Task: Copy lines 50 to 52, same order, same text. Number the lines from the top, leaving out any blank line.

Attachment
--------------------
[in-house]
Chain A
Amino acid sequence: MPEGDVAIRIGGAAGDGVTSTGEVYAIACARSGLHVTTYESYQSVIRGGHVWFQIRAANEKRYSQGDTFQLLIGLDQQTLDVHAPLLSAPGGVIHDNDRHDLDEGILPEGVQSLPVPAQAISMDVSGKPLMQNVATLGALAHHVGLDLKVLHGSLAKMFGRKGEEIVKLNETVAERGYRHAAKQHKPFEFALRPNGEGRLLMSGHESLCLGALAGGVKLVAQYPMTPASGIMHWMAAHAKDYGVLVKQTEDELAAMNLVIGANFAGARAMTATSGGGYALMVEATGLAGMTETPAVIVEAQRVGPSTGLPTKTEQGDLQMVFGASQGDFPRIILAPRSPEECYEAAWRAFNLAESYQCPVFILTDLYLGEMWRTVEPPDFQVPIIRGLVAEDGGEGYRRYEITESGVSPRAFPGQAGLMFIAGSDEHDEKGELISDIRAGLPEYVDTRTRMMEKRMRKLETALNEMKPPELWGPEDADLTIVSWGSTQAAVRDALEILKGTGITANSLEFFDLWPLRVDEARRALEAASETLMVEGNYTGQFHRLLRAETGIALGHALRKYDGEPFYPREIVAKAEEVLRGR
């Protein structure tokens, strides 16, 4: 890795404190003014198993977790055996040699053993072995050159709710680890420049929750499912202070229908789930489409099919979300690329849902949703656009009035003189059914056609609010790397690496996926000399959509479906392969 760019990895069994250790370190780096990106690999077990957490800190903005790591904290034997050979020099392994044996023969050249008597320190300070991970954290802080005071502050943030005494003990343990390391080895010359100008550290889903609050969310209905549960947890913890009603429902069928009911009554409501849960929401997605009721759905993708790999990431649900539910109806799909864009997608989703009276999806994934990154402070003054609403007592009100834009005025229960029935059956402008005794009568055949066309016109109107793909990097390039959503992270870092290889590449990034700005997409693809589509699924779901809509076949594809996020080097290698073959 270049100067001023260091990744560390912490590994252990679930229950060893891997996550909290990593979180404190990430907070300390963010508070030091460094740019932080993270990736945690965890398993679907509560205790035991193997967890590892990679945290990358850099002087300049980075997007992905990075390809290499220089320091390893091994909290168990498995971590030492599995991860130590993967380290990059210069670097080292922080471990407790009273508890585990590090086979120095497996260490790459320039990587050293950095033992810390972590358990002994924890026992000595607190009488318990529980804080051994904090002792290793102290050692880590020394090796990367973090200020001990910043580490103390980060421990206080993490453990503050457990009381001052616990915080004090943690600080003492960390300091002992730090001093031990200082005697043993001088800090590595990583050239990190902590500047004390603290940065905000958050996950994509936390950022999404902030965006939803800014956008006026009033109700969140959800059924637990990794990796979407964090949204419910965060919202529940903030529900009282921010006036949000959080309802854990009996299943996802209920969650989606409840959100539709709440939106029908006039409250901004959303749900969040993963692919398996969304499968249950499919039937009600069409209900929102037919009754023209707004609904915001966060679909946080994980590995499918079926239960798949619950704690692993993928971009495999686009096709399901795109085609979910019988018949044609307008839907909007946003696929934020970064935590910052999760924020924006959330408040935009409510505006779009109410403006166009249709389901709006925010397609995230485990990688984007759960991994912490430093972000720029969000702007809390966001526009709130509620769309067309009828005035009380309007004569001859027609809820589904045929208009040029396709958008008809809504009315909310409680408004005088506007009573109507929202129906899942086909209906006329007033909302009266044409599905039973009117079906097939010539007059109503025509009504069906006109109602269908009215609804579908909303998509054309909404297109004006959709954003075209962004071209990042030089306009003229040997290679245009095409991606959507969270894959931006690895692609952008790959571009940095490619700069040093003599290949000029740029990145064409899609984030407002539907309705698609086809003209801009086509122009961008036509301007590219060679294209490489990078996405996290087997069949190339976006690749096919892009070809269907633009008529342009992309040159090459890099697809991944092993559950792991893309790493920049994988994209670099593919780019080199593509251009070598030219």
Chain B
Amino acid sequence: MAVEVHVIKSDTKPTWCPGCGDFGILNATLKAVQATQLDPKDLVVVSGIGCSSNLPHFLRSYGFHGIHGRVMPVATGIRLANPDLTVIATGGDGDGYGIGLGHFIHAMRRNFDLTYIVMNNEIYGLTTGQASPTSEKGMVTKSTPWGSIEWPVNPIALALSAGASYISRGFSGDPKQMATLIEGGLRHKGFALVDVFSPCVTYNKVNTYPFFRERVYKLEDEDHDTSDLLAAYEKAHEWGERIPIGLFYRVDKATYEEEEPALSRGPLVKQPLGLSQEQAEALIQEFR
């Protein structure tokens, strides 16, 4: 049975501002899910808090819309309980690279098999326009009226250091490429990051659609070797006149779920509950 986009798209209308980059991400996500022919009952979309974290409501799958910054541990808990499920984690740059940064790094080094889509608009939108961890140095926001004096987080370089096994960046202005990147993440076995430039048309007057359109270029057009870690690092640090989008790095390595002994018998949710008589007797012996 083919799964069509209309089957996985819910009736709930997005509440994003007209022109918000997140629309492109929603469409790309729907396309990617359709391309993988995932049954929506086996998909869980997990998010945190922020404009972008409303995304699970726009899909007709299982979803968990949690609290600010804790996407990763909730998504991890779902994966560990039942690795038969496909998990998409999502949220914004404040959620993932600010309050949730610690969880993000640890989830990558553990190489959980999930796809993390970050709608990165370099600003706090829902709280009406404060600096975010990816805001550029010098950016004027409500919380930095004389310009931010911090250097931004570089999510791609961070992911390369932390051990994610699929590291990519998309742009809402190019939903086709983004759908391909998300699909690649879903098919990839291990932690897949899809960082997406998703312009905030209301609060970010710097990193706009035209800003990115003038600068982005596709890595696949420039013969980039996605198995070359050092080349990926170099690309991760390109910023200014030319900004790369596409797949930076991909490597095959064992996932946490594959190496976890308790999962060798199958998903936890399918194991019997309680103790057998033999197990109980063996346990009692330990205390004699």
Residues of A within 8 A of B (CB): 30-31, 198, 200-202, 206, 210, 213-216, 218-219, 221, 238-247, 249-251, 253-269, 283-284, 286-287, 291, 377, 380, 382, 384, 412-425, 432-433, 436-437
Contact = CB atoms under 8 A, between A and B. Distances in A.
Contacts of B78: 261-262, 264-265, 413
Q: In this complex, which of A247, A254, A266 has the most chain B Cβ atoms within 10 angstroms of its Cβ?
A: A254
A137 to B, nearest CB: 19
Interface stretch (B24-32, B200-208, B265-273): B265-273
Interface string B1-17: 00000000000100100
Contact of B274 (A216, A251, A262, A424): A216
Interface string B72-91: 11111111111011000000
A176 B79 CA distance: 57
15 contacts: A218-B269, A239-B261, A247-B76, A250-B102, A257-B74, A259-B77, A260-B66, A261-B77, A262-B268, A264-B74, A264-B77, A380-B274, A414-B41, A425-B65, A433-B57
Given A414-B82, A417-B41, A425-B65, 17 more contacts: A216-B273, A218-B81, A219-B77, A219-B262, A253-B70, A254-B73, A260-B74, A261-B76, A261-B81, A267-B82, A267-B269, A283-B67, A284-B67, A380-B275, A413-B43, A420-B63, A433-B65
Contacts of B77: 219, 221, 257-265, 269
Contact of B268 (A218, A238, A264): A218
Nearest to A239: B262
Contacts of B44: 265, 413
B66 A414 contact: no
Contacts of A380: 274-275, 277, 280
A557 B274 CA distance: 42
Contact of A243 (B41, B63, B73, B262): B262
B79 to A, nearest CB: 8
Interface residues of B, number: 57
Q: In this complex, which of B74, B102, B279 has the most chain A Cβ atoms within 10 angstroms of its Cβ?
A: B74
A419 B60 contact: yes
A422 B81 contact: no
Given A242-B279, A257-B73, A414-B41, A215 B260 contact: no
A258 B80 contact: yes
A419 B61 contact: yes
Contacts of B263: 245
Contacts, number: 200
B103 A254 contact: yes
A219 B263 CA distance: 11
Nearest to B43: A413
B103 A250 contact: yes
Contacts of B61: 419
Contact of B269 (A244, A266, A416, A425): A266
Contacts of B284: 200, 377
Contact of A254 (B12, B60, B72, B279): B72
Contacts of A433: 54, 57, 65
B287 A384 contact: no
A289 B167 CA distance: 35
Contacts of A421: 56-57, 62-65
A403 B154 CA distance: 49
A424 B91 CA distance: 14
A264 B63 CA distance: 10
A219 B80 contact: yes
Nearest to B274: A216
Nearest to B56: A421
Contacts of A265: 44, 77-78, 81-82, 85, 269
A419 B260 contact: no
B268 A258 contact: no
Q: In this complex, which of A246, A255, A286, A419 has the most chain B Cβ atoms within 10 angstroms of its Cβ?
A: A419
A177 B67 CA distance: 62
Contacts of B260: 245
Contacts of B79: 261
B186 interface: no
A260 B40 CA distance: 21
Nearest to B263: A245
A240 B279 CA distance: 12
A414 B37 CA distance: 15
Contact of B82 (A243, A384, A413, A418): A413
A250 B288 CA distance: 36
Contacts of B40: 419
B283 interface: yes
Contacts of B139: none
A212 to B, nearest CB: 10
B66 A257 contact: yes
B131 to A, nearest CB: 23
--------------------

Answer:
A289 B167 CA distance: 35
Contacts of A421: 56-57, 62-65
A403 B154 CA distance: 49